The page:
VIII: Retribution

Content warning: violence, mention of murder and abuse, ableism

The Governor tilted his head in confusion. “You said your mother was a doctor.”

“She is. But my birth mother was murdered by you.”

“You survived?” He said, his brows rising beneath the untidy salt-and-pepper of his curls.

“A woman this town called a Witch found me and raised me as her own, feeding me scraps of scavenged meat and bread bought with the little money she made providing medical care to those who needed it more than they feared her.”

“Hattie?” he said, “She died.”

“No. You sent men to kill her. They hacked off her arm in front of me and then I killed them and took her far away.”

“Impossible,” he said, shaking his head and sneering at her, “She’d have bled to death.”

“She was well-trained. And a good teacher.”

“You would have still been a child… you couldn’t.” He stood now, his eyes narrowing as he inspected her.

“Are you waiting for something, Monsieur?” Genevieve asked, taking another bite of the food.

He said nothing, but continued watching her eat in confusion and anger. His hand trembled and his foot began to tap against the floor.

Genevieve lifted the fork, a piece of darkly seared meat speared on its tines. She inspected it as she spoke, “You know, we almost starved many times. Maman fed me whatever she could find… only eating scraps of bread and roots herself. I needed the nutrients, she told me later. I was growing, after all. Children need nourishment, and meat was hardest of all to come by. Sometimes she caught squirrels. Or stole scraps from the market. She even killed our beloved pet. But one day… one lucky day she came across an entire carcass in the woods behind our shack. Your woods. It was thrown over a massive fire. No one was around. So she pulled what she could from the flames and cut some of the flesh with her herb knife, filling her skirts with wild, greasy meat.”

“You…” the Governor began, but his mouth didn’t seem to want to move the way he commanded.

“I didn’t change right away, like many do. I think I was too starved, too weak. But there were… signs… that something was happening inside of me. I grew stronger. Much stronger. And hungrier. And my body… once injured… was healed.”

“You found the Hunter in the woods that day, didn’t you?” she asked, and the tense silence was answer enough, “You took him away, for trespassing or some petty thing at first, and left his kill unattended. Then, once you realized who he was and he told you his secrets, you had your men cook the body. The precious meat.”

She popped the morsel into her mouth and watched him as she chewed. This would be the moment of truth for them both.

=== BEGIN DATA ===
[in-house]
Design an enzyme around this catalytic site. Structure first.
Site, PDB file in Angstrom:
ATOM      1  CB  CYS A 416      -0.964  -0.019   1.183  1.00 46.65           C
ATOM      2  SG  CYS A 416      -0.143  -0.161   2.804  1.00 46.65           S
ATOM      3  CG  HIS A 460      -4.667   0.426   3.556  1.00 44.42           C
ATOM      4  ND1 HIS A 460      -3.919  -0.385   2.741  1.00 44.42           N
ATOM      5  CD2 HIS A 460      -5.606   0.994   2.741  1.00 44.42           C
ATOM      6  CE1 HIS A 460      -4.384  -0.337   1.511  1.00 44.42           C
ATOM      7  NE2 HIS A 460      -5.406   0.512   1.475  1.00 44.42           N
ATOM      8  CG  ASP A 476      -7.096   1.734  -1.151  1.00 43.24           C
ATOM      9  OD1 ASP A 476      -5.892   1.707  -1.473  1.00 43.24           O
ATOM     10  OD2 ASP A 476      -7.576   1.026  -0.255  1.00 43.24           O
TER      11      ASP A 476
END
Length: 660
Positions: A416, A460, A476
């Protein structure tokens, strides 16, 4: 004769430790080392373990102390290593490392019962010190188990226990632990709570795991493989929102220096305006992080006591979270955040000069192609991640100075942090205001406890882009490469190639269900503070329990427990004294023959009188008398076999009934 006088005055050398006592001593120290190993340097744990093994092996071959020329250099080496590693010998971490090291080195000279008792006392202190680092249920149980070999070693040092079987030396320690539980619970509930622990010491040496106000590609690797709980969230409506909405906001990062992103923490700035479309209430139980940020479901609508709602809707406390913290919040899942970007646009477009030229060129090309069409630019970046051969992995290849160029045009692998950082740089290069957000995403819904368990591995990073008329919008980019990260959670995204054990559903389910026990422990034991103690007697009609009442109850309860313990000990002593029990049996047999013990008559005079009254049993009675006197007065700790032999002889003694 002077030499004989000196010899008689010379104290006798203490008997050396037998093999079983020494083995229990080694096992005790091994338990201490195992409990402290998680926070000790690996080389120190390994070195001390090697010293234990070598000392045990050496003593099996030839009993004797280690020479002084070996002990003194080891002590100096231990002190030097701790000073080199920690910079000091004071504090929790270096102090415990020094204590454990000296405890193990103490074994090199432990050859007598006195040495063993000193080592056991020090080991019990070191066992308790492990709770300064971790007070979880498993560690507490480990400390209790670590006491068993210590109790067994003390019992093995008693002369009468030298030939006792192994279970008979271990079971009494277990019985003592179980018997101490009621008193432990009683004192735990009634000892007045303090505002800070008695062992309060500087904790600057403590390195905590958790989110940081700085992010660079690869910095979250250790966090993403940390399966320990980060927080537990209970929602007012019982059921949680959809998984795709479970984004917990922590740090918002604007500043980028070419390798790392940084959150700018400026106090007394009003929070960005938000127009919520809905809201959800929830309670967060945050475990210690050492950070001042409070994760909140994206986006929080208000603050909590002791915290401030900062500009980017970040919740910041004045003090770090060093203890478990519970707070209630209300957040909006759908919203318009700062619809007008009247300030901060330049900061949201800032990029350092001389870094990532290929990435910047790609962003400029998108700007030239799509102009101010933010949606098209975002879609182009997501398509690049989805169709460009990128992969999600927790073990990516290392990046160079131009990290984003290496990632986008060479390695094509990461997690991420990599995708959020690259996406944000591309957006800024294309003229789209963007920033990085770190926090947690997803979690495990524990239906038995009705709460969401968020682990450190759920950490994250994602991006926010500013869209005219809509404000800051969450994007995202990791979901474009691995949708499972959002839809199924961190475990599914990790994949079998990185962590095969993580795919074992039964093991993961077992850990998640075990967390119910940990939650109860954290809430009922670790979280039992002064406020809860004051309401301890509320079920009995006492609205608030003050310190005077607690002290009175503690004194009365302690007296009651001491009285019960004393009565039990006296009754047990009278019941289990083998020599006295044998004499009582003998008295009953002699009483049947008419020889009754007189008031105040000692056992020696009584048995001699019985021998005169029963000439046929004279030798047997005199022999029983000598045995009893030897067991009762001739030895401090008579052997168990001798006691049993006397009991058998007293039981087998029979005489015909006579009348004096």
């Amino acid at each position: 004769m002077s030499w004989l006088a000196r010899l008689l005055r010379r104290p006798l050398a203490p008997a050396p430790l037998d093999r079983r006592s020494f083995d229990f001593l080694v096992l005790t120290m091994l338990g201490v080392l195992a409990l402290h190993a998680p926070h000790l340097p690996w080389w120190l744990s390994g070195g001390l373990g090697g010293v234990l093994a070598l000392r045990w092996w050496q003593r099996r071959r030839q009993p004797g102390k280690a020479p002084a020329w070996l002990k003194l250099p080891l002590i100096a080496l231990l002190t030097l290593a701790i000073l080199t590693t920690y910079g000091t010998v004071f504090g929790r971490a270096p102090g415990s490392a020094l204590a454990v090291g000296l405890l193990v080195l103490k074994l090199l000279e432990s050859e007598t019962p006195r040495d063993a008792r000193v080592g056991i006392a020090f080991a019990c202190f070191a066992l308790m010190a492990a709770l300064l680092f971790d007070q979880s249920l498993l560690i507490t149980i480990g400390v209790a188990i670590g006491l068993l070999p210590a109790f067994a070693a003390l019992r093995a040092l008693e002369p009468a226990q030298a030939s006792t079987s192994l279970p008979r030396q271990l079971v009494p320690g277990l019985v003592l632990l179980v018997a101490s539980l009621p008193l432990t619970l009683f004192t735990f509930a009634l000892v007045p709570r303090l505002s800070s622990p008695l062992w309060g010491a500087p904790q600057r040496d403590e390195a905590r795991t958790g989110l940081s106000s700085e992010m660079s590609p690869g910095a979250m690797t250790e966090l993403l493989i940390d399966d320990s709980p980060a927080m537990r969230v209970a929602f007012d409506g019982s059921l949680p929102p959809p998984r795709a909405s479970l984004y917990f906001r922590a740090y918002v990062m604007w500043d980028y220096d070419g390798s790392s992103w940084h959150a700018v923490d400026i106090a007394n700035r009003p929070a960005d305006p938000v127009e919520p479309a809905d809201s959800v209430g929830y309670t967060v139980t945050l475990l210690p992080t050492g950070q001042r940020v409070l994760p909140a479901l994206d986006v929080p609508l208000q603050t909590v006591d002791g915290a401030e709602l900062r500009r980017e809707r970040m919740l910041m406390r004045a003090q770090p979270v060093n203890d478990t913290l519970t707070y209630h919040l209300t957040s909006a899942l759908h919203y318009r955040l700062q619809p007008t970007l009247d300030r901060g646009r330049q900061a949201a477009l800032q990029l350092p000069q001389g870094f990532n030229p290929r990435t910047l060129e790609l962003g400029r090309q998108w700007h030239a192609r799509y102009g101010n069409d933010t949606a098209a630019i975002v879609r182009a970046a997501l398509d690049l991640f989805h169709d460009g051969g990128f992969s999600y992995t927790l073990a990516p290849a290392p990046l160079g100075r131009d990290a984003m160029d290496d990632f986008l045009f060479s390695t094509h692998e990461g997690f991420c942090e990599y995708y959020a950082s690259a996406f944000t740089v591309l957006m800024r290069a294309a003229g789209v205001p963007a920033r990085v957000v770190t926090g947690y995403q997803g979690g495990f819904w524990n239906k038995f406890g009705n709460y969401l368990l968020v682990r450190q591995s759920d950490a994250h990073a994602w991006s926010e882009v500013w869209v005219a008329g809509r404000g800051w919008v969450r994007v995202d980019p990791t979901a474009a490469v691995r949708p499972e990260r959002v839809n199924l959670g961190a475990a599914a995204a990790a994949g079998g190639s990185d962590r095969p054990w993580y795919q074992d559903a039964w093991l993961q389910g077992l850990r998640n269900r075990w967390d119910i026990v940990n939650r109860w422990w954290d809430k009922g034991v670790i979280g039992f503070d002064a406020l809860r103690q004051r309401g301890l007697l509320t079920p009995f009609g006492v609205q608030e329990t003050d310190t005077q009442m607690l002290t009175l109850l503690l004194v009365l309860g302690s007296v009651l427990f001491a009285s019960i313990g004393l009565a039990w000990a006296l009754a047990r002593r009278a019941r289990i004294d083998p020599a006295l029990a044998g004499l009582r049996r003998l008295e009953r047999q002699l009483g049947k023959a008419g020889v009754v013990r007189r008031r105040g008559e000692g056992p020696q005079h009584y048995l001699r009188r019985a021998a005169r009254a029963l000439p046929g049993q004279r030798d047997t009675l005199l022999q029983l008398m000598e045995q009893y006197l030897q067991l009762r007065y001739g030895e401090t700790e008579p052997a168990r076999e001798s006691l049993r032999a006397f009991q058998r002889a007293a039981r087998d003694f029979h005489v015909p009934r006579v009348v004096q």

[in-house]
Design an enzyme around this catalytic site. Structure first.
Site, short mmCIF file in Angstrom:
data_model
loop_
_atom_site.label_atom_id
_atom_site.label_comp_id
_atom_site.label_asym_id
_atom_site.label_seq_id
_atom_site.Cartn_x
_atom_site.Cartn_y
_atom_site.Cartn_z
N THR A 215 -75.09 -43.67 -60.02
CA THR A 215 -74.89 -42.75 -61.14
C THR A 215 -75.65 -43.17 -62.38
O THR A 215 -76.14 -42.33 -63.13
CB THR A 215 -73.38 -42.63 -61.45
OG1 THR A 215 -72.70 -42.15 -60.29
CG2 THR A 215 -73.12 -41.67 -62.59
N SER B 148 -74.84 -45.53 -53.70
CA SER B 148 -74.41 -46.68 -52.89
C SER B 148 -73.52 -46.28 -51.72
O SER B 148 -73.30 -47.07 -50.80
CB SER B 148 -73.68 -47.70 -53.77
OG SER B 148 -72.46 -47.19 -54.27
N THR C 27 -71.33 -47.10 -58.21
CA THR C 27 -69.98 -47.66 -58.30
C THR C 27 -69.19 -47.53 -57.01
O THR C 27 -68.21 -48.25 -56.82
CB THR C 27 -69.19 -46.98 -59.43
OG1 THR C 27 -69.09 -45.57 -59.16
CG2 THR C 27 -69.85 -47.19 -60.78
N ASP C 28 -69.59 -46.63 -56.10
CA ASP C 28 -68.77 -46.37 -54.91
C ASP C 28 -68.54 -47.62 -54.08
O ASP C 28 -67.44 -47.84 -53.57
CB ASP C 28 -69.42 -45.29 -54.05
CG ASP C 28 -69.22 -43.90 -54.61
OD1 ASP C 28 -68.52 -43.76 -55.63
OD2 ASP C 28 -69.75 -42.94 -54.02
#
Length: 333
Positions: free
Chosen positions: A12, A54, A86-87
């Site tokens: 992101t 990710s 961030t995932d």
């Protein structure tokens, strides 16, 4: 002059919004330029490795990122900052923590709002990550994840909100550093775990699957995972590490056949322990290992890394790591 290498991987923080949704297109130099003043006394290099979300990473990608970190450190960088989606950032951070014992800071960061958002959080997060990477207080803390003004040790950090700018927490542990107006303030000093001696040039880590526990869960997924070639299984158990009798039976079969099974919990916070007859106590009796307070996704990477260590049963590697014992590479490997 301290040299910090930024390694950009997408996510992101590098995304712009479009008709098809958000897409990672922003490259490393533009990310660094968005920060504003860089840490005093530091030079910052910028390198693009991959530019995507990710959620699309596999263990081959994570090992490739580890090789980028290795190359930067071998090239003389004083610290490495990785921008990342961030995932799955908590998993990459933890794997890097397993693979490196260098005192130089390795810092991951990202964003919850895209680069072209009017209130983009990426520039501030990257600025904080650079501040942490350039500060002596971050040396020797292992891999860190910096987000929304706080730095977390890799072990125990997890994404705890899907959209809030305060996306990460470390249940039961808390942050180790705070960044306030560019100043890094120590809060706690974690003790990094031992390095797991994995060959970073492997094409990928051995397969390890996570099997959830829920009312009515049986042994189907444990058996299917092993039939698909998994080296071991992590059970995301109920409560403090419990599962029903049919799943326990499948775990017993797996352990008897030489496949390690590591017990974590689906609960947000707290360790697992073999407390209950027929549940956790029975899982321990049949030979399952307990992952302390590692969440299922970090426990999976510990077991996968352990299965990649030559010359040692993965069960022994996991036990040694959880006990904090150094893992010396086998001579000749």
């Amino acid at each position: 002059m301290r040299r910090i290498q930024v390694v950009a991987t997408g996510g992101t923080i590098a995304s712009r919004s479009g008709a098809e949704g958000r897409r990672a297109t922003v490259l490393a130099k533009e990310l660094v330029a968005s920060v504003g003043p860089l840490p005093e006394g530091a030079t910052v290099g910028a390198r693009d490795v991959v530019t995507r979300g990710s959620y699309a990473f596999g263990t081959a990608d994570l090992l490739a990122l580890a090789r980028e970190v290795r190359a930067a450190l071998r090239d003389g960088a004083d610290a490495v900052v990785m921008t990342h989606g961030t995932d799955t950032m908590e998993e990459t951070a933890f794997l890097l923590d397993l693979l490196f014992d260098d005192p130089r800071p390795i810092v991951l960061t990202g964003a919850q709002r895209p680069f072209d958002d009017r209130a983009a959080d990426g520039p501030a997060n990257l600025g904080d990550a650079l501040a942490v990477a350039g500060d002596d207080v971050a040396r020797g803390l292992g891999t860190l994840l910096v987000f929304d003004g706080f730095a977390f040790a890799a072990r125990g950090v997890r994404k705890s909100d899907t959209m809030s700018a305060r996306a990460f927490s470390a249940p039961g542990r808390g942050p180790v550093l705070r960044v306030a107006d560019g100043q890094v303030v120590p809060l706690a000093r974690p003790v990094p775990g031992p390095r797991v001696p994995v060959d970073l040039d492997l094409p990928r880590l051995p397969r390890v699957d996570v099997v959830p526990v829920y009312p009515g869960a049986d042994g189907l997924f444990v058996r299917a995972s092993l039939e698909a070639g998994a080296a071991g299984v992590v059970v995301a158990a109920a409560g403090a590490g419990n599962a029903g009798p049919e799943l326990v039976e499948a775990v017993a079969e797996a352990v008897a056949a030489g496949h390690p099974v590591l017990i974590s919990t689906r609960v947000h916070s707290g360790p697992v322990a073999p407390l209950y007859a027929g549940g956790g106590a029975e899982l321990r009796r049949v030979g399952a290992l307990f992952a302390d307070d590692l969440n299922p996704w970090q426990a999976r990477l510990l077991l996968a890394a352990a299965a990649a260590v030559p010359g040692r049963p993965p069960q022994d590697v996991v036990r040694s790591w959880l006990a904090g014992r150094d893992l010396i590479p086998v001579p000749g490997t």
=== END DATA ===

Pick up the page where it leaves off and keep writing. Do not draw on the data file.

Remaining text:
“You hoped I’d be injured and stupid enough to take your offer of a dinner today so you could turn me, manipulate me through my disorientation and fear,” she told him, feeling the phantom ache of her legs but none of the trembling or restlessness that once followed it, “I would be useful: a subordinate in the College. But I’m afraid you’re much too late for that. It seems I partook of the same meal you did more than twenty years ago. In fact, it was likely I was turned even before you were.”

Her provocation was working; Governor L’Amie seethed with injured pride and a frightened hatred for this weak creature – his own bastard – besting his stratagem. If the Beast within her were older, then it was possible that he might be the subordinate. If he survived.

Genevieve watched him closely, frowning at the way his foot tapped faster and faster, and the way he shifted his neck as if it ailed him. She took another bite of food to distract his attention from her left hand, already gripping a revolver. She hoped she could still fire it with her injuries.

“So then…” he mumbled, staring down to his feet, “This has all been a game.”

In one breathless moment, Genevieve found herself flying across the room, her chair crashing in a useless heap while she continued on to collide with the far wall. Governor L’Amie stood where she had recently been seated, fully transformed with the tips of his dark, twisted horns touching the ceiling. Unlike other Beasts Genevieve had seen, he had three sets of horns – the largest curling like a rams, while another set sprouted like jagged teeth just behind them. The final pair sat furthest forward on his head – two velvety nubs not unlike those of a juvenile deer.

She had been correct when she had said his age made him unpredictable; his speed, his size, his entire appearance were unlike anything Genevieve had ever seen aside from in the oldest texts in the College’s archives.

“STAND UP!” he roared at her, “No more of these petty games!”

Genevieve fished her hand into her silk pockets and retrieved a revolver– she didn’t even spare a thought to which she held – and fired off all six shots as fast as she could manage. He didn’t move, hardly reacted to the impact, and when her seventh shot was nothing more than an empty click, he laughed so hard that Genevieve cringed, her skull bursting with pain.

The bullets emerged from his chest and fell to the threadbare rug in six muted thuds. She couldn’t see the wounds knitting themselves shut from where she lay, but Genevieve could tell he was already healing from the lack of blood matting his silver-grey fur.

Not sparing a thought to this or how her legs lay at impossible angles before her, she discarded the first gun and shuffled for her second – the smaller one, she noticed this time – and emptied both remaining rounds into him.

When the capsules fell to the floor they were shattered into pieces, their contents deposited but seemingly ineffective against such an aged Beast. And here she had worried about giving him an overdose and accidentally killing him. Not that real bullets had fared any better.

She saw his leg twitch and then she felt herself hurtling through the air once more, landing with a bone-shattering crash onto the solid wood table. Her shoulder exploded with pain and she screamed out.

I’m going to die here, she realized. Maman will be so sad… after I promised. After I refused to take more Hunters. And I was going to retire like she wanted…